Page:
Court Dismisses Takings and Due Process Claims Based On Town Rescinding Negative Declaration

Today's case discusses both land use and due proess claims under §1983. Plaintiffs applied to have their property in the Town of Union Vale designated an open development area, allowing the property to be subdivided into private lots with private roads. The first section of the project was approved in 1987, and the Board determined under SEQRA that the Project would result in no significant adverse impacts on the environment (“Negative Declaration”). Plaintiffs then applied for the next section of the Project, which the Board rejected, and Plaintiffs sued the Board in the Supreme Court, Dutchess County challenging the decision and raising a due process claim under §1983. The court denied Defendants’ motion to dismiss, found the Board's 2012 resolution rescinding the Negative Declaration invalid, and determined the rejection of Plaintiffs’ application for preliminary plan approval was arbitrary and capricious. The Board appealed and moved to reargue its motion for dismissal of Plaintiffs’ due process claims, with both motions eventually being granted.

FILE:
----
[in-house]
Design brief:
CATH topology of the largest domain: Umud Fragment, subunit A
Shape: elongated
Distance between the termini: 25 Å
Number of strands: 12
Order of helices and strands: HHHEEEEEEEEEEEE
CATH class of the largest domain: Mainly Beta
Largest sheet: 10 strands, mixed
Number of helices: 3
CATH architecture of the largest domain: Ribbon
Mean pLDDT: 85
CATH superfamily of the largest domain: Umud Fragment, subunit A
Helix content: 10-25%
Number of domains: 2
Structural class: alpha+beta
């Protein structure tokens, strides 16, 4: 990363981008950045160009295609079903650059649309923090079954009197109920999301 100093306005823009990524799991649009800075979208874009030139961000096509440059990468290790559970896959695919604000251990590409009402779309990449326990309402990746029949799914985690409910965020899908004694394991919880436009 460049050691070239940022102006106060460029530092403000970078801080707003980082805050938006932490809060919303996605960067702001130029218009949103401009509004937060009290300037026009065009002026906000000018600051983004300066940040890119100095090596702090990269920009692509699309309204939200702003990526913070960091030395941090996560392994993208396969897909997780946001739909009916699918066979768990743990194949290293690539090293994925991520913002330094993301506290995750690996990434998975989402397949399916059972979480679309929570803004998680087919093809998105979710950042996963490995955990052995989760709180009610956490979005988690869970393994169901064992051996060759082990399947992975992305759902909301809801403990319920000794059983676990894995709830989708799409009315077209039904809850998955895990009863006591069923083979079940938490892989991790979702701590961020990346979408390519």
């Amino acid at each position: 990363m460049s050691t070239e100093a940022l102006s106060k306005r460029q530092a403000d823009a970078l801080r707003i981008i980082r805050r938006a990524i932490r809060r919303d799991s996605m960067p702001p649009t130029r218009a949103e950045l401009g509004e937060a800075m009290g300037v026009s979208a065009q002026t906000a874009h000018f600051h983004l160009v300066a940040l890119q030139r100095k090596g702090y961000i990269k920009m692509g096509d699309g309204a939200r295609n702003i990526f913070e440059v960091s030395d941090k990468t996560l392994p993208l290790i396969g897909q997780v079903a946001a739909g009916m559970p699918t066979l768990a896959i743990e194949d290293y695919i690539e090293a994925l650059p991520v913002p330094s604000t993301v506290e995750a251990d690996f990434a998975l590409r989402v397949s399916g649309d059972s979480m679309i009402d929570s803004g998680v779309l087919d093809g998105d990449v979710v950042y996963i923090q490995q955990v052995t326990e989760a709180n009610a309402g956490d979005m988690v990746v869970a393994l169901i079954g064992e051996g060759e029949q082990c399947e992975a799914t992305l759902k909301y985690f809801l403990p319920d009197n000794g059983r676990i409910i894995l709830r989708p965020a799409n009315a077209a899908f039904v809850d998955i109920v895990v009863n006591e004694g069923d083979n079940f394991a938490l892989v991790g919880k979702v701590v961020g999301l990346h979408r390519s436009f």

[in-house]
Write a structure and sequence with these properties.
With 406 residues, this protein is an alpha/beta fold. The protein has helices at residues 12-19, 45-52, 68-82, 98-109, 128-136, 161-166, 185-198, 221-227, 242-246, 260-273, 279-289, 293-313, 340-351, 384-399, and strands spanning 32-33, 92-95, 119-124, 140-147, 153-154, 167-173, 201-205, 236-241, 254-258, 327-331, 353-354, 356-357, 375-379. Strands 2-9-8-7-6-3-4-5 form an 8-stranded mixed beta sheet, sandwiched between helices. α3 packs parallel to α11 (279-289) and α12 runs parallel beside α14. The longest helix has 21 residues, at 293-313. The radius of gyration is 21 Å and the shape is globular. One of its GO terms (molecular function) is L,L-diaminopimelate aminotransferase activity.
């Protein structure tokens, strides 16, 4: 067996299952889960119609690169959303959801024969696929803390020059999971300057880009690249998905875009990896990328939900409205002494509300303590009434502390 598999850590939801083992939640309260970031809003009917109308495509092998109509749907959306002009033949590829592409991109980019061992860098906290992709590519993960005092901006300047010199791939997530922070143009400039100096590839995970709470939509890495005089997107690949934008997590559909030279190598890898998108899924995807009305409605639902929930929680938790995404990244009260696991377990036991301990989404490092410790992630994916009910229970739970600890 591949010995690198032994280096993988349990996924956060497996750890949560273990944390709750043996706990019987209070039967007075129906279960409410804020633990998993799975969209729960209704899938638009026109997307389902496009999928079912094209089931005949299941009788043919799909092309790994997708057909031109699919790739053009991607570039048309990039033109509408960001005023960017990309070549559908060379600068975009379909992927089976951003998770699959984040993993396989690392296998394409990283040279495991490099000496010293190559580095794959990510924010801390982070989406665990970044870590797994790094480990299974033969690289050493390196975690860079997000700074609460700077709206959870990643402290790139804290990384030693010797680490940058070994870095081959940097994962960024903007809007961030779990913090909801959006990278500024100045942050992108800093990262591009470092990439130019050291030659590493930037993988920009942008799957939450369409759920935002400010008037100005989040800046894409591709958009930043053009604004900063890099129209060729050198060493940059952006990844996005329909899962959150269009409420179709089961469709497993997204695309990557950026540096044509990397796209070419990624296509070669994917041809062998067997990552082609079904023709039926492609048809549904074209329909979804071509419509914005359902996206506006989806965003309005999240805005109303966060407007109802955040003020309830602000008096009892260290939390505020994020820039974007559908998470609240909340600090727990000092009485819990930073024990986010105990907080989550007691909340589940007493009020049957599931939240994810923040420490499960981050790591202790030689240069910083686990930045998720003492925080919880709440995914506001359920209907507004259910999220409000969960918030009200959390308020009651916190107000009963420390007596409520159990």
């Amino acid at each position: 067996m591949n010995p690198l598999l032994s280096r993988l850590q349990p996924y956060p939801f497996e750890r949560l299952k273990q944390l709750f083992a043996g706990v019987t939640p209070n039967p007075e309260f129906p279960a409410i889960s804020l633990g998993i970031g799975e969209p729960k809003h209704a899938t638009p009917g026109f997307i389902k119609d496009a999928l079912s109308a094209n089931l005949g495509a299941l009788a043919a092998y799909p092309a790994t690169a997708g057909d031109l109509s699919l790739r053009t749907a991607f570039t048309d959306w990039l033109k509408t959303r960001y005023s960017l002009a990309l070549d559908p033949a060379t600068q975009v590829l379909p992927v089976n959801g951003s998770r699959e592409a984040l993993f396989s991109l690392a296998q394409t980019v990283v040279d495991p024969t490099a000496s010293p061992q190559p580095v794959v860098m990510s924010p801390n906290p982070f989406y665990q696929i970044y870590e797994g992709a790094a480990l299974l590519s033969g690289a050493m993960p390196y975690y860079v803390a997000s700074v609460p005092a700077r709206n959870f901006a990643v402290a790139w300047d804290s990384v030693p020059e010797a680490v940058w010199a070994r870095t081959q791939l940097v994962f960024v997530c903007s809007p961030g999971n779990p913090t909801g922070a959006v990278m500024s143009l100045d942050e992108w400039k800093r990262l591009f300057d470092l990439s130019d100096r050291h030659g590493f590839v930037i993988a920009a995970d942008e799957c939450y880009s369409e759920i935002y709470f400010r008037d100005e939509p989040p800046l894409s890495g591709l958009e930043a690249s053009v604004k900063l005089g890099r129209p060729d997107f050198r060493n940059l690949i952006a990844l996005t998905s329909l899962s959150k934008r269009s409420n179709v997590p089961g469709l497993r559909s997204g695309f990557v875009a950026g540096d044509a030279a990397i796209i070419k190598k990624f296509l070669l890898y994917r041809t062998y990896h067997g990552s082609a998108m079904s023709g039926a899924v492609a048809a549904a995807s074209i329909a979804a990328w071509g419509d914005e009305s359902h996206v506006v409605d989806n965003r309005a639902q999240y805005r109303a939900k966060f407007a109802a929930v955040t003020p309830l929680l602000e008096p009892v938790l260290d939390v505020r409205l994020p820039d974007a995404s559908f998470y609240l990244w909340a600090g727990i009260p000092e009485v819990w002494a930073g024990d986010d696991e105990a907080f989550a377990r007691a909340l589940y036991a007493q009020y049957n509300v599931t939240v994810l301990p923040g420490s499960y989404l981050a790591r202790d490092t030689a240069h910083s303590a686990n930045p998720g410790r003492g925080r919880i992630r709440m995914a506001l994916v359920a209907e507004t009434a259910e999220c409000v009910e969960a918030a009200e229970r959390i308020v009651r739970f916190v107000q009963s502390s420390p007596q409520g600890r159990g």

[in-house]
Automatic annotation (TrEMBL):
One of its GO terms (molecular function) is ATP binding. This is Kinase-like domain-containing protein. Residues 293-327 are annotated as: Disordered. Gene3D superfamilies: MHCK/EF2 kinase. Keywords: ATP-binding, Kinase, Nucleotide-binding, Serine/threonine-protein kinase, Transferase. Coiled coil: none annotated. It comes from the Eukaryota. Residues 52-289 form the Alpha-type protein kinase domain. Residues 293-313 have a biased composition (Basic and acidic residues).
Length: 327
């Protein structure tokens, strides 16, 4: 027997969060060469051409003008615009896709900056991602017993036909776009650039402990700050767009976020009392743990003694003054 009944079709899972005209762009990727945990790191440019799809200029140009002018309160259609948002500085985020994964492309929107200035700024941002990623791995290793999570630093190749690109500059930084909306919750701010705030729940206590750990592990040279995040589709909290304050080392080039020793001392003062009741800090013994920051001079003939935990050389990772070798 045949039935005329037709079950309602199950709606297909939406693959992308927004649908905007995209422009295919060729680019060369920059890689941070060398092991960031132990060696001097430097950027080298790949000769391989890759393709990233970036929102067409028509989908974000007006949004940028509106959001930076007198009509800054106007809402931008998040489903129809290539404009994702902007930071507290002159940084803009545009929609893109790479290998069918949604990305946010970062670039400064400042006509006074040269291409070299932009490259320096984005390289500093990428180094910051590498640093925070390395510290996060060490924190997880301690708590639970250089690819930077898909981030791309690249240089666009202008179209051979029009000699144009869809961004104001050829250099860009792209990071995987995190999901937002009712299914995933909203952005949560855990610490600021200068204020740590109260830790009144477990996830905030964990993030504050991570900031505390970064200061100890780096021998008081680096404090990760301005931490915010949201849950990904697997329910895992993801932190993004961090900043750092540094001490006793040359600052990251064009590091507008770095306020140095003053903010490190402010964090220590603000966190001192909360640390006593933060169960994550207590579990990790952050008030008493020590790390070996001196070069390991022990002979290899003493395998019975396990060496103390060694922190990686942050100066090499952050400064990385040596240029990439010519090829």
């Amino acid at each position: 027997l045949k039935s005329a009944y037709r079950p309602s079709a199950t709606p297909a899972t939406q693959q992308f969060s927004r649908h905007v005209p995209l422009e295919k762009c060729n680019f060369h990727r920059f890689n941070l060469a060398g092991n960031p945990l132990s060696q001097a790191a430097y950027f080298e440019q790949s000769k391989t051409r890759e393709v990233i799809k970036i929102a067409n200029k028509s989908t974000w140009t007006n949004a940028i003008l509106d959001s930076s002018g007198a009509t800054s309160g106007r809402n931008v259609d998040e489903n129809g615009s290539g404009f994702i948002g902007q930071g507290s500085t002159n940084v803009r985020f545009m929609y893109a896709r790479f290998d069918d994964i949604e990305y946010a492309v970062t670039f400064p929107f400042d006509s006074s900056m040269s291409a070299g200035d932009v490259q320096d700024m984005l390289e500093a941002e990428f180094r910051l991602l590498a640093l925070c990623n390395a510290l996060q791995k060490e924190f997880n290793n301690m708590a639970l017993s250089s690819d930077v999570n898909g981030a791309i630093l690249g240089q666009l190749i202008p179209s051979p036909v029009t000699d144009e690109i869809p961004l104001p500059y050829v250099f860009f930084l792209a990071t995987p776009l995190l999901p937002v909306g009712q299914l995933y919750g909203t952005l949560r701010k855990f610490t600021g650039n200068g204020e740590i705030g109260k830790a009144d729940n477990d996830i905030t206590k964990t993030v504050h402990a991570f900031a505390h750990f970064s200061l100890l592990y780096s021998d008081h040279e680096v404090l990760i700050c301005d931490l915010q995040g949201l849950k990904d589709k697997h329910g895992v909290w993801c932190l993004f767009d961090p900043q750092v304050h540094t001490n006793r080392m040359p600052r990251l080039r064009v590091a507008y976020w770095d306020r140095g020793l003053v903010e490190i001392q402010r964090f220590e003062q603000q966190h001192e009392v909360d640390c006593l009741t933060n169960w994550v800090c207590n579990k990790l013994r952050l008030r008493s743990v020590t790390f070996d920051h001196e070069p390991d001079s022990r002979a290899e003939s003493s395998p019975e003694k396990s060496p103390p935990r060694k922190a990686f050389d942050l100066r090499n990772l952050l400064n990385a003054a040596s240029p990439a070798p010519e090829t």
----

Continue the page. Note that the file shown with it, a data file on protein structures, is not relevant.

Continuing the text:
The Board then called a public hearing and again rescinded the Negative Declaration, leading Plaintiff to file a second action in August 2013. Defendants removed to federal court, which declined to exercise supplemental jurisdiction over Plaintiffs’ Article 78 and state law claims and remanded those claims to state court. Defendants moved to dismiss the remaining claims.

The court first found that a negative declaration constituted a “final decision,” and that Defendant’s removal to federal court satisfied the requirement that Plaintiffs exhaust their state court remedies. Since the claim was ripe, the court next examined if Plaintiffs asserted a viable due process claims.

A constitutionally protected property interest in land use regulation requires an entitlement to the relief sought by the owner. Here, the Court found the Board's authority to rescind the Negative Declaration was not “narrowly circumscribed” and afforded the Board discretion to review “new information” and “changes in circumstances related to the project that were not previously considered” which may have a “significant adverse environmental impact.”  As such, the court found that Plaintiffs did not have a cognizable property interest in the Negative Declaration and Plaintiffs’ due process claim failed. The Court then granted the motion to dismiss.  

The case is Leonard v Planning Board of Union Vale, 2016 WL 67791 (SDNY 1/4/2016).

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